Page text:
The moment the retired doctor’s head crashed into the net, snapped backwards and sent him flying through the air, he knew he had suffered a spinal cord injury.
It was the first time Dr. Bill Silvers, then 72, ever had played pickleball and just 10 minutes into his first game.
Spring was dawning on April 23, 2022, the last day of Passover — the Jewish holiday that celebrates freedom and survival. Silvers had spent the morning at his synagogue’s Saturday services and visited a friend who offered to teach him pickleball. They had just started playing on tennis courts at the friend’s condo south of Denver. Wires that hold up tennis nets are more taut than typical pickleball nets.
“I went for a shot at the net. I tripped. I had just had a left knee replacement. I hit the net with my head, hyperextended and fractured my C4,” said Silvers, a semi-retired allergist.
He felt no pain, but time seemed to stop as Silvers hovered for an eerily long moment in the air.
His life was about to change, and he knew it.
Putting tragedy into perspective: He’s the son of Holocaust survivors
As soon as Silvers’ body crumpled onto the court, he took command of the situation.
“Call 911. I have a spinal cord injury,” he told his friend.
When an ambulance crew arrived, Silvers updated the paramedics on his health status. They wanted to take him to a nearby suburban hospital. But Silvers knew he had suffered a very dangerous injury that likely would leave him paralyzed. He knew he would need a team of experienced pros. So, he insisted.
“Take me to the University,” he said, referring to UCHealth University of Colorado Hospital.
The University of Colorado School of Medicine also had been Silvers’ academic home for decades. Along with serving countless Colorado patients through his allergy practice, Silvers was a beloved medical professor. And the Anschutz Medical Campus is the place where Silvers helped create and endowed a groundbreaking Holocaust bioethics program that educates all health sciences students about genocide and the prevention of medical abuses like those that were pervasive during the Nazi regime.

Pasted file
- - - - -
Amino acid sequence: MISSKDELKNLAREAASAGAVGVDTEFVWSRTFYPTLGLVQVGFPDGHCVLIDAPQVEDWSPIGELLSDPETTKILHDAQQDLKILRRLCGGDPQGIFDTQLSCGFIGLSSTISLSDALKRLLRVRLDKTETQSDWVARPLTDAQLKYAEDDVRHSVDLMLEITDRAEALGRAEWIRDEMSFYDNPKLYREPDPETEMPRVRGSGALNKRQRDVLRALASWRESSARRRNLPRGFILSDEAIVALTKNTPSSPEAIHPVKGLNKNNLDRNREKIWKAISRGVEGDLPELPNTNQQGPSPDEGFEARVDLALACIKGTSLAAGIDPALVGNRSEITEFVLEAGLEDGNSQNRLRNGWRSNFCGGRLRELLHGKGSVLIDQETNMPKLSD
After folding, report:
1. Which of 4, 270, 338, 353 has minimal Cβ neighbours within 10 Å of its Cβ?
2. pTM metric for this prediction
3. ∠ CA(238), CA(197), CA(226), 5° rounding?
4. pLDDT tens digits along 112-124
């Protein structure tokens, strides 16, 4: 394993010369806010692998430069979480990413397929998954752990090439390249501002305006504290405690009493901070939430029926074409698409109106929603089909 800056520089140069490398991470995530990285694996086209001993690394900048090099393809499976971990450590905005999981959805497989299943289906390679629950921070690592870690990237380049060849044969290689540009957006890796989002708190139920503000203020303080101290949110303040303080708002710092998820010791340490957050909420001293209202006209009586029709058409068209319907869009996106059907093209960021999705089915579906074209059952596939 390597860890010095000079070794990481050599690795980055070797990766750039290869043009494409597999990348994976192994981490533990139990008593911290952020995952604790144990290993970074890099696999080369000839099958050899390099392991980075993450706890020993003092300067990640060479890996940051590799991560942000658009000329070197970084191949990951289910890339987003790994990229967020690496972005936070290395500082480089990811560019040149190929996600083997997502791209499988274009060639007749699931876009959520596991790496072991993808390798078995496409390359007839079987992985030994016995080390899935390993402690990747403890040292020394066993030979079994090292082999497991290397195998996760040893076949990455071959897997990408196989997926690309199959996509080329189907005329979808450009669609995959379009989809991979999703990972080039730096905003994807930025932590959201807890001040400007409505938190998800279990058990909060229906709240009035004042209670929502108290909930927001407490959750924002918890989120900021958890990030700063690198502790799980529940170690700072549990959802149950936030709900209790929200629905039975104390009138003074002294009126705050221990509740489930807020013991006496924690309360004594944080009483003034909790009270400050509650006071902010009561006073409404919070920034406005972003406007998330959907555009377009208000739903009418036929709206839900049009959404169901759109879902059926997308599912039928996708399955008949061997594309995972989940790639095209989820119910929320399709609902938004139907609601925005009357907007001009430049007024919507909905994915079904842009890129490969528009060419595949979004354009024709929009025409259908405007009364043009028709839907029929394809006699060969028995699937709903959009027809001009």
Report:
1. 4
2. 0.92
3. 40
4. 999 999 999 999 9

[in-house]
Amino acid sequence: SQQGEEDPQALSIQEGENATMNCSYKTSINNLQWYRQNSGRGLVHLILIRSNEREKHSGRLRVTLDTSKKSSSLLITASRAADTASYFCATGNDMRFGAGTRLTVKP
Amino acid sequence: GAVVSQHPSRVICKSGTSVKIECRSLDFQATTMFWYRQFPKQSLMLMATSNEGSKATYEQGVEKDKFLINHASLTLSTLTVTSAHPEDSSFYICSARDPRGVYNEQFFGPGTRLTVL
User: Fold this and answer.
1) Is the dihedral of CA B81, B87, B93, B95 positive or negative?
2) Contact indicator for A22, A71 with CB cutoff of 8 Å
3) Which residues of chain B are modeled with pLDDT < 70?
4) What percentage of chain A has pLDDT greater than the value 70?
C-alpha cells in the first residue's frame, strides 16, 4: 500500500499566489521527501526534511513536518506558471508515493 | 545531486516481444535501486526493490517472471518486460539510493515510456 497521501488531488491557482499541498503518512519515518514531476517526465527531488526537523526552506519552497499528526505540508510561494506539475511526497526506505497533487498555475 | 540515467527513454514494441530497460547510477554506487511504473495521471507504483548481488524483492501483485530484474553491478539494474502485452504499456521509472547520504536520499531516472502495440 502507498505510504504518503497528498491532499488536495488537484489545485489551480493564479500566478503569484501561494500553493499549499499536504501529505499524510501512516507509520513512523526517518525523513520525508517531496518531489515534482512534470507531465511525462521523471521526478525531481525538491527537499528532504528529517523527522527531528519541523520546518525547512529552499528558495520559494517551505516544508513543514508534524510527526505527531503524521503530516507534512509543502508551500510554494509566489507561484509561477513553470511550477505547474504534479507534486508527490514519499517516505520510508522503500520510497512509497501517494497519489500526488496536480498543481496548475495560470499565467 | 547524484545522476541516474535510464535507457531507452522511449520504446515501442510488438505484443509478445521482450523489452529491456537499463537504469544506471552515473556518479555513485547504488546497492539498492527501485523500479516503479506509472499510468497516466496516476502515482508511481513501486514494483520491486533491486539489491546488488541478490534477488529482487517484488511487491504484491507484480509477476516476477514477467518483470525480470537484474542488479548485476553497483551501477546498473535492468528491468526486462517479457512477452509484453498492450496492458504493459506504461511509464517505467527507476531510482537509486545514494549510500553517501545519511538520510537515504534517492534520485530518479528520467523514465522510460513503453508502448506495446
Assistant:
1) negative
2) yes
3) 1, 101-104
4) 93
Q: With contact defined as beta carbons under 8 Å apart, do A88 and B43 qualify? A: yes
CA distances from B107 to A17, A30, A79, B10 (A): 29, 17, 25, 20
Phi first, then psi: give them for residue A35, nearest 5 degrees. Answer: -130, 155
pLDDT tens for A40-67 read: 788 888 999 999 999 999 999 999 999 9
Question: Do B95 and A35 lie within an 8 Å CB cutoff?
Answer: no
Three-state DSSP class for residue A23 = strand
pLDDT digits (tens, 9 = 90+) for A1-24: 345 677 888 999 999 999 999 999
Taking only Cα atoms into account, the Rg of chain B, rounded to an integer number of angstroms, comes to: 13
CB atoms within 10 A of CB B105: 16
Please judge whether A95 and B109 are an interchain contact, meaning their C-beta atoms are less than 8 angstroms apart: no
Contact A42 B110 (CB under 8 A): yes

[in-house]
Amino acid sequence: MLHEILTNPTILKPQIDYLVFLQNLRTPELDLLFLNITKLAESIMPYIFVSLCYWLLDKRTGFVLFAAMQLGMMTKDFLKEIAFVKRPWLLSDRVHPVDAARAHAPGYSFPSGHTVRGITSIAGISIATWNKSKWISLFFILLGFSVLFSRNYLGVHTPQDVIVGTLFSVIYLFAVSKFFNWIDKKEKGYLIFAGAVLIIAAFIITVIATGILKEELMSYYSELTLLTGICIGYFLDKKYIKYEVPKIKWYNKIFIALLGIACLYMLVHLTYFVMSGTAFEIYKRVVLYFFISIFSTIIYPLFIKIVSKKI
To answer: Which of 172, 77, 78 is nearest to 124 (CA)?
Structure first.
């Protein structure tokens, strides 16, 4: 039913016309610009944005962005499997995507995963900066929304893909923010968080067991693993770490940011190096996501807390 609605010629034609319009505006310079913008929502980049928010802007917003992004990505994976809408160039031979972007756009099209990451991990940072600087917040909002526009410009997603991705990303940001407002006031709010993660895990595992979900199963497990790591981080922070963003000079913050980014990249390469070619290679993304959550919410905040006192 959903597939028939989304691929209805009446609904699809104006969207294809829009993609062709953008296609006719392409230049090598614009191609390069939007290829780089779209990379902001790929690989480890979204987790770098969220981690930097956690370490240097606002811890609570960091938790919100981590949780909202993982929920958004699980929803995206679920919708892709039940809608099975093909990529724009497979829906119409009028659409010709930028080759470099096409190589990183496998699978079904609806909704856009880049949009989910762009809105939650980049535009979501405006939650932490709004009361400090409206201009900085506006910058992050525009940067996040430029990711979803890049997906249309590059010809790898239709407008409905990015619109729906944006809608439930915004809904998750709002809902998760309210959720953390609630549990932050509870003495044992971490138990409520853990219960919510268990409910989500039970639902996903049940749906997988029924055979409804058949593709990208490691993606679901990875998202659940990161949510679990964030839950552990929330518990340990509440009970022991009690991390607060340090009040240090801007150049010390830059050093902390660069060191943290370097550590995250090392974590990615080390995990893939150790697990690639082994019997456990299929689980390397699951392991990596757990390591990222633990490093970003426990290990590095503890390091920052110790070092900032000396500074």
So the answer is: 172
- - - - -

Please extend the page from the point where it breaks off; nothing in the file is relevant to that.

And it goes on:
Silvers is the son of Polish Jews who survived Auschwitz and Dachau, then endured separate Holocaust death marches before miraculously reconnecting at a Red Cross shelter after the war.
Many German medical professionals were complicit in the Nazi extermination of more than 6 million Jewish people. That history has prompted Silvers to dedicate his life to educating young people about genocide and other atrocities.
Before the freak pickleball accident, Silvers was partially retired, had met his partner of five years, Sara Jo Fischer, and the two were enjoying an active life full of travel and sports.
“I was a huge skier, cyclist and tennis player. A month and a half before the accident, I was trying out my new knee on black diamond slopes in Vail,” Silvers said.
“With all of the risky things I’ve done in my life — from skiing to driving too fast — I may have deserved to have an accident. But pickleball was not my idea of a high-risk activity,” he said.
To cope with the challenging aftermath of his accident, Silvers has drawn inspiration from his parents and his deep Jewish faith.
“Having this kind of life-changing injury is not fun or easy at all. But it’s nothing like the experiences of the Holocaust. I look at my life through the lens of my parents’ experiences. That gives me perspective to address this situation as positively as I can,” Silvers said.
Of course, there are moments of frustration and deep loss, but Silvers is determined to serve as a “mensch,” a Yiddish word that means being a person of integrity, dignity and morality.
“God must have had a plan for me,’’ Silvers said.
As he fights to regain as much movement as possible and works to learn lessons from his accident, Silvers focuses relentlessly on cherishing the beauty of life, serving people and encouraging others to do the same.
“As long as you’re breathing, you have the chance to do good in your life. As long as you’re alive, you have the potential to grow, to help others and to be the best person you can be,” Silvers said in his deep, soothing voice.
“I have bad moments,” he said. “But I never have bad days.”
‘From the moment my head was in his hands, I knew I was safe’